Monday, January 16, 2012
The new group think.
One of the greatest frauds perpetrated by HR-"professionals" or Organizational Architects, or, simply the quacks and charlatans who issue proclamations from on-high is the notion of collaboration. You know, if we all sit together in a room, we'll get to a better place creatively than if we toil alone. If we work in a noisy, cluttered, chaotic workspace, a free-exchange of ideas will result, bettering our creative output. If no single person has responsibility, we all win.
Yesterday's "New York Times" has a long and important article that deflates these myths. It's called "The Rise of the New Group Think" and it's written by Susan Cain. You can read it here: http://www.nytimes.com/2012/01/15/opinion/sunday/the-rise-of-the-new-groupthink.html?pagewanted=1&sq=brainstorming&st=cse&scp=1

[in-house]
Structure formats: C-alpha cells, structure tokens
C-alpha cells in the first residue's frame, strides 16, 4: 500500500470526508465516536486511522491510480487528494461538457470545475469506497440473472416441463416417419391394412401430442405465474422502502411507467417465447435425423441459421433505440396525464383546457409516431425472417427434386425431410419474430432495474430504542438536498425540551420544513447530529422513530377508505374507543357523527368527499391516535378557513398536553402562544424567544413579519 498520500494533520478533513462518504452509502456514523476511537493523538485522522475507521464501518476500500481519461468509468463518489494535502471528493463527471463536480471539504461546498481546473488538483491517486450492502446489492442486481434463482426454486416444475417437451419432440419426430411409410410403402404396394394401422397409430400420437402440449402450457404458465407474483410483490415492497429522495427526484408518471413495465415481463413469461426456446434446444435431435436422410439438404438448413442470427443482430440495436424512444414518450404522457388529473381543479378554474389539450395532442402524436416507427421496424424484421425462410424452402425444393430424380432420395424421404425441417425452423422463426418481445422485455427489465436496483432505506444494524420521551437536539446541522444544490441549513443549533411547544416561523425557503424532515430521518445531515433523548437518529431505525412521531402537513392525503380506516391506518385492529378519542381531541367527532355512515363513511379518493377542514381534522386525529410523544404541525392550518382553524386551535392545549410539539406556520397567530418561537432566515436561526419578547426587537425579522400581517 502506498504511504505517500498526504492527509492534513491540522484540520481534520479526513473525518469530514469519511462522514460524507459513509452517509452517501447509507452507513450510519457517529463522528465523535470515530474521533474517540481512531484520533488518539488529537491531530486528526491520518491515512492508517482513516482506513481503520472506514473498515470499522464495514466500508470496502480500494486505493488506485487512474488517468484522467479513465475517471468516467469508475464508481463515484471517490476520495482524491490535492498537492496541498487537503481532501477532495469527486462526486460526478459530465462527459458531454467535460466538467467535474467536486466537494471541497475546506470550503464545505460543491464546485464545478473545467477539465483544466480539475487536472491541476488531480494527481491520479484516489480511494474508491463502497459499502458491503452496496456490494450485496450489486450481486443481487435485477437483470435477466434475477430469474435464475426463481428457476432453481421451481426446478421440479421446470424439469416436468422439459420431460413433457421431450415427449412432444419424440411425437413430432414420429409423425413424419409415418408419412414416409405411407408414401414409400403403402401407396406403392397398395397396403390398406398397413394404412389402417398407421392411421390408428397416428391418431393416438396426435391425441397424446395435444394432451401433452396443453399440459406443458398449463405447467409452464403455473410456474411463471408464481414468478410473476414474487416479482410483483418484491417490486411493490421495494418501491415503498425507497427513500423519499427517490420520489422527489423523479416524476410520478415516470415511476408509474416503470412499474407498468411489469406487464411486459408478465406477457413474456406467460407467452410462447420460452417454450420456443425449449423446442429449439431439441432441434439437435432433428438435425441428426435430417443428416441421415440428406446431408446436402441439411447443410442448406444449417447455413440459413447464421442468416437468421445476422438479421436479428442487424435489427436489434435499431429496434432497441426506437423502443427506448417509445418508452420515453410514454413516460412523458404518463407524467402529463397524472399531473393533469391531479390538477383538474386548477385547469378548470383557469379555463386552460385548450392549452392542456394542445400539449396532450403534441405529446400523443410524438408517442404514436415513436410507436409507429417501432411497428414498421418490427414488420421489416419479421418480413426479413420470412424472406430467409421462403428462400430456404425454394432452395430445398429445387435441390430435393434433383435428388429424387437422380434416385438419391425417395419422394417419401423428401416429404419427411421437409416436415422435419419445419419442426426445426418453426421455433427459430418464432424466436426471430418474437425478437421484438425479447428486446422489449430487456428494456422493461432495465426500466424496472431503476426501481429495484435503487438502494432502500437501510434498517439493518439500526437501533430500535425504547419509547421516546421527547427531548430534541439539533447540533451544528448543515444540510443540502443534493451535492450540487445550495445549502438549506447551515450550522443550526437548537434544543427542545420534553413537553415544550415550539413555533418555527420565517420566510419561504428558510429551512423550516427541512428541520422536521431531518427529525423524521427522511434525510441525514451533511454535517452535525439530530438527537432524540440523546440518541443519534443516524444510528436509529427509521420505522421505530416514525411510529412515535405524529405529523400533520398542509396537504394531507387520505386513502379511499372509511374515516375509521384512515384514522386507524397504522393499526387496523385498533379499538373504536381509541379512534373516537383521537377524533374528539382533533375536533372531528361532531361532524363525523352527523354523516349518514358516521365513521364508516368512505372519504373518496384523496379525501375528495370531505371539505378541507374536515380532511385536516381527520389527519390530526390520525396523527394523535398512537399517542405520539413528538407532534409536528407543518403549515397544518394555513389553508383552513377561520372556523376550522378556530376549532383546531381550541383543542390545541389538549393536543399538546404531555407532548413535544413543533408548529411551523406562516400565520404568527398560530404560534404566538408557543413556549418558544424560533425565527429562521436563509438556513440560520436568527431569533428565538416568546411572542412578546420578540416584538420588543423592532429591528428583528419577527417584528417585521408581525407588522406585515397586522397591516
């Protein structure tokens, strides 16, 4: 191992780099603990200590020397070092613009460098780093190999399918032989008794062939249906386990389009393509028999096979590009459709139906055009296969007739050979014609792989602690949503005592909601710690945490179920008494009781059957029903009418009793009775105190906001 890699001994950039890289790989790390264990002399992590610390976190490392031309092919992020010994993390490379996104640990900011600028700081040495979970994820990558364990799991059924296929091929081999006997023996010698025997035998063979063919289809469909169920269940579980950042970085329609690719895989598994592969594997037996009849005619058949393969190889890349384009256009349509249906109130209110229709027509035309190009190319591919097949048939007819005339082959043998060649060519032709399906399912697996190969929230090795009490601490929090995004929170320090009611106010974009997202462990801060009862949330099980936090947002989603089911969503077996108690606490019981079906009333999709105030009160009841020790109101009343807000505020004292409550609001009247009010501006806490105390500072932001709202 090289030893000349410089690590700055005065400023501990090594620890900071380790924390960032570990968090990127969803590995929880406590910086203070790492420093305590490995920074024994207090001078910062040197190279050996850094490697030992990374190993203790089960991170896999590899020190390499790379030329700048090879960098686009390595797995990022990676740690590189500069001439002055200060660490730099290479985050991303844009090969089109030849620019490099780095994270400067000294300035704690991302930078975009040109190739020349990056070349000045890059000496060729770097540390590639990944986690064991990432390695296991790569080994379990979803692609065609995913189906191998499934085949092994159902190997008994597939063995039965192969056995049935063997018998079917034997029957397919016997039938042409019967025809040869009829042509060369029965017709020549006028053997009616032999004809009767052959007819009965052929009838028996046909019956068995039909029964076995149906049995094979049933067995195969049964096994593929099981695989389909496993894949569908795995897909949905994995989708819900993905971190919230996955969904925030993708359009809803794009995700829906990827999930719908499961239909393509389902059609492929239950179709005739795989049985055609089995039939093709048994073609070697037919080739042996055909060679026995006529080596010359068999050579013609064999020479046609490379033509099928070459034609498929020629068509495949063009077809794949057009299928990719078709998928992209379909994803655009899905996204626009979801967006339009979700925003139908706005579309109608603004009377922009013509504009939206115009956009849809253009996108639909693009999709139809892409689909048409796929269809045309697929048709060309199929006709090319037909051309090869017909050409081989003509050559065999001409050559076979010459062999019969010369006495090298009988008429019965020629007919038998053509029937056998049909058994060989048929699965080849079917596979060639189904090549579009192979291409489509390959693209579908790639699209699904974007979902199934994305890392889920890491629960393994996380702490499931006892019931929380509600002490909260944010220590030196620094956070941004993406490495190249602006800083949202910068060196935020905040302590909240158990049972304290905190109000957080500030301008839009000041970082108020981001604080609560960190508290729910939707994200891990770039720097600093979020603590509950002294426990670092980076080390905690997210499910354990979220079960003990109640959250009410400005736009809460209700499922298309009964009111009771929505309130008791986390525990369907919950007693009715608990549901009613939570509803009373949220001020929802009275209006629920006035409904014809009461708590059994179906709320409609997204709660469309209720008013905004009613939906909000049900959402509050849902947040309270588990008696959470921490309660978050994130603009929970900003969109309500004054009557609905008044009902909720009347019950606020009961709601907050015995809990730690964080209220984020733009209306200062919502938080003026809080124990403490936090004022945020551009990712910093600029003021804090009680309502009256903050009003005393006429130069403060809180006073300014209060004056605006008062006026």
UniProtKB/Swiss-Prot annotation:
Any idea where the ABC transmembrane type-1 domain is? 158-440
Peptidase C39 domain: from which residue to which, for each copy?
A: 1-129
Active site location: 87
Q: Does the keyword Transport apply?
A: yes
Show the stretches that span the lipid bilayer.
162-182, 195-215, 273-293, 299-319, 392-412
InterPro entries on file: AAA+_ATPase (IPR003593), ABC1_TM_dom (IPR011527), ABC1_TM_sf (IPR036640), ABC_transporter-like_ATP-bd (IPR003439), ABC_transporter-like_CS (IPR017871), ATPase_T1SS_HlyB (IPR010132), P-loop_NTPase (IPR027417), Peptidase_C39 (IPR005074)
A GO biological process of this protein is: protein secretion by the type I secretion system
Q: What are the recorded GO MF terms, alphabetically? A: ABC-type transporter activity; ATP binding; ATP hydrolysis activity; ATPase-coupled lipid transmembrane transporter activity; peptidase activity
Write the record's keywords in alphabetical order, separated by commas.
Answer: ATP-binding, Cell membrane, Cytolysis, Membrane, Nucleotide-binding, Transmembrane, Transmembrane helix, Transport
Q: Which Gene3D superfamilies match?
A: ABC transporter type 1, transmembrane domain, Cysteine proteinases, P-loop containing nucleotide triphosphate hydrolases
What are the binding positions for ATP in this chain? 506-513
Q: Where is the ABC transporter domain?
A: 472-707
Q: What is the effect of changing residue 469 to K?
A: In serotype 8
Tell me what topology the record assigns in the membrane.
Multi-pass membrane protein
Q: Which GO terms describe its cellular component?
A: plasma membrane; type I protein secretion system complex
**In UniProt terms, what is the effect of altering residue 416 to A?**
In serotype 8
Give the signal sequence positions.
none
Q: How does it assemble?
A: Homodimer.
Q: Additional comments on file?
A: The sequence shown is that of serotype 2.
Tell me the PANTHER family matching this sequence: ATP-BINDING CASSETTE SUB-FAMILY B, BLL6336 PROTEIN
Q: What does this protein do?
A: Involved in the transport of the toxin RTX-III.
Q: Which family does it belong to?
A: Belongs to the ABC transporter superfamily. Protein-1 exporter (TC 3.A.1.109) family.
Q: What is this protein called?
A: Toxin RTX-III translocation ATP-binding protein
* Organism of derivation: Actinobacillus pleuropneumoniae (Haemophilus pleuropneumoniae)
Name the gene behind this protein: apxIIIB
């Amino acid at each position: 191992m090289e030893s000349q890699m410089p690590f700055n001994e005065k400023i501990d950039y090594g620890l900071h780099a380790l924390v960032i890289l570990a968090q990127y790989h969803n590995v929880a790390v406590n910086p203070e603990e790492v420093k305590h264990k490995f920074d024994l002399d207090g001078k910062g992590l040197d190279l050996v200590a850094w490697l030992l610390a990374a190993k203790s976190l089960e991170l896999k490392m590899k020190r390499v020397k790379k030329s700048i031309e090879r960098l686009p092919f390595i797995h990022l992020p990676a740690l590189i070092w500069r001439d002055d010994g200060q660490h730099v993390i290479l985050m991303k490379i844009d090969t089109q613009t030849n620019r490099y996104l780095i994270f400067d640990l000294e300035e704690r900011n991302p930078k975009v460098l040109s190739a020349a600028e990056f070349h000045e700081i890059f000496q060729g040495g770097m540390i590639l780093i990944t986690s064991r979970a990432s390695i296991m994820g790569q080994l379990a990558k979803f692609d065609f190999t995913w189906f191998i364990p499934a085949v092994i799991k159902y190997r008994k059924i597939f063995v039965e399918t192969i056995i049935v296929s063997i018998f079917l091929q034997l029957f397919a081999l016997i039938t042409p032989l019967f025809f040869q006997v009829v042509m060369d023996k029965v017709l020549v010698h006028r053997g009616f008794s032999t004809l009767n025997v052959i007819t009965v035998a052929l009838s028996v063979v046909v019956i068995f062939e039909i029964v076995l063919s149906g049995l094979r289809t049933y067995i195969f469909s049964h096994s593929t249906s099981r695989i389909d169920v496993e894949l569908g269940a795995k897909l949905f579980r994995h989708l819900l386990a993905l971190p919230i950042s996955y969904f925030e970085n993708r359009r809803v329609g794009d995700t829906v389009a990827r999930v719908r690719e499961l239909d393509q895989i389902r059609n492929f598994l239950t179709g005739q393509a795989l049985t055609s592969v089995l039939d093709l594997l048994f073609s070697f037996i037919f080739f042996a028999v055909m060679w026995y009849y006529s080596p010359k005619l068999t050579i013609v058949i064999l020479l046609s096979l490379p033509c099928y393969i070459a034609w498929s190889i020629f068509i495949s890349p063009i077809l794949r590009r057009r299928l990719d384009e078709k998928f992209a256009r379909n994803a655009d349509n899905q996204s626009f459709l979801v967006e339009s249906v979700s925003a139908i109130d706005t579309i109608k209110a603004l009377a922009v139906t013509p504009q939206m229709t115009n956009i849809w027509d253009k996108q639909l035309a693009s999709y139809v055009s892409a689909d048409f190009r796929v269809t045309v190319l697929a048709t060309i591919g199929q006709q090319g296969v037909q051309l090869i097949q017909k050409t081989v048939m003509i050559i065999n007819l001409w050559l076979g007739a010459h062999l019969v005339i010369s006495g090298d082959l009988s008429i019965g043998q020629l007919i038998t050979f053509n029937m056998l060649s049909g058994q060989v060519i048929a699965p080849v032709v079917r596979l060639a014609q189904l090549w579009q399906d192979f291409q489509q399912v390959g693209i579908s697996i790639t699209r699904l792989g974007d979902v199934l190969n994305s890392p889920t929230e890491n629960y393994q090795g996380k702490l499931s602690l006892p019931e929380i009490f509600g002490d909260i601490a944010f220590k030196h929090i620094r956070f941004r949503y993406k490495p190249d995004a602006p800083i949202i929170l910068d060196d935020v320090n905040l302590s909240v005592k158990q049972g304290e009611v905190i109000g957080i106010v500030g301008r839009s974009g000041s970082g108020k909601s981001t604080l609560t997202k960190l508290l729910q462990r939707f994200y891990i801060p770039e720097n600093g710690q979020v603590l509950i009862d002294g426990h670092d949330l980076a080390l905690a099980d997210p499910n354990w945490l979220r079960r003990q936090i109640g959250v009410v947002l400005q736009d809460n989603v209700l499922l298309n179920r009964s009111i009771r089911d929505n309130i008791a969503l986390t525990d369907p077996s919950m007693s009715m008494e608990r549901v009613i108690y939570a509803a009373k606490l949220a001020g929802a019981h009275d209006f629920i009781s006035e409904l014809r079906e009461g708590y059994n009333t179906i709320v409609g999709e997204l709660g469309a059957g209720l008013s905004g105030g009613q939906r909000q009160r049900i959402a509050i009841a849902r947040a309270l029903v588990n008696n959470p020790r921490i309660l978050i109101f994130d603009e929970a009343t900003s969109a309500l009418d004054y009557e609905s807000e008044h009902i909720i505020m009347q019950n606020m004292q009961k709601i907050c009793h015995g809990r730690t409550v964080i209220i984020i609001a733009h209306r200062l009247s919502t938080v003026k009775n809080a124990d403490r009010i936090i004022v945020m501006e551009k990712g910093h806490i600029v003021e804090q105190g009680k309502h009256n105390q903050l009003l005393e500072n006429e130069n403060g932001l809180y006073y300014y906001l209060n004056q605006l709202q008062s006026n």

Cain writes, "Solitude is out of fashion. Our companies, our schools and our culture are in thrall to an idea I call the New Groupthink, which holds that creativity and achievement come from an oddly gregarious place. Most of us now work in teams, in offices without walls, for managers who prize people skills above all. Lone geniuses are out. Collaboration is in.
"But there’s a problem with this view. Research strongly suggests that people are more creative when they enjoy privacy and freedom from interruption. And the most spectacularly creative people in many fields are often introverted, according to studies by the psychologists Mihaly Csikszentmihalyi and Gregory Feist. They’re extroverted enough to exchange and advance ideas, but see themselves as independent and individualistic. They’re not joiners by nature."
That just about sums it up for me.
Don't make me sit in meetings which take away the time I need to actually think and, instead, demand that I think (for all) on demand. Don't make me sit out in the open where focus is often beaten by distraction. Don't tell me to collaborate when what you're really doing is watching.
This open plan, "let's all work together," bs is yet one more example of modern myopia. Let's do something completely different from how it's been done through all of recorded history--that'll work.
Leave me alone.
Posted by george tannenbaum at 6:27 AM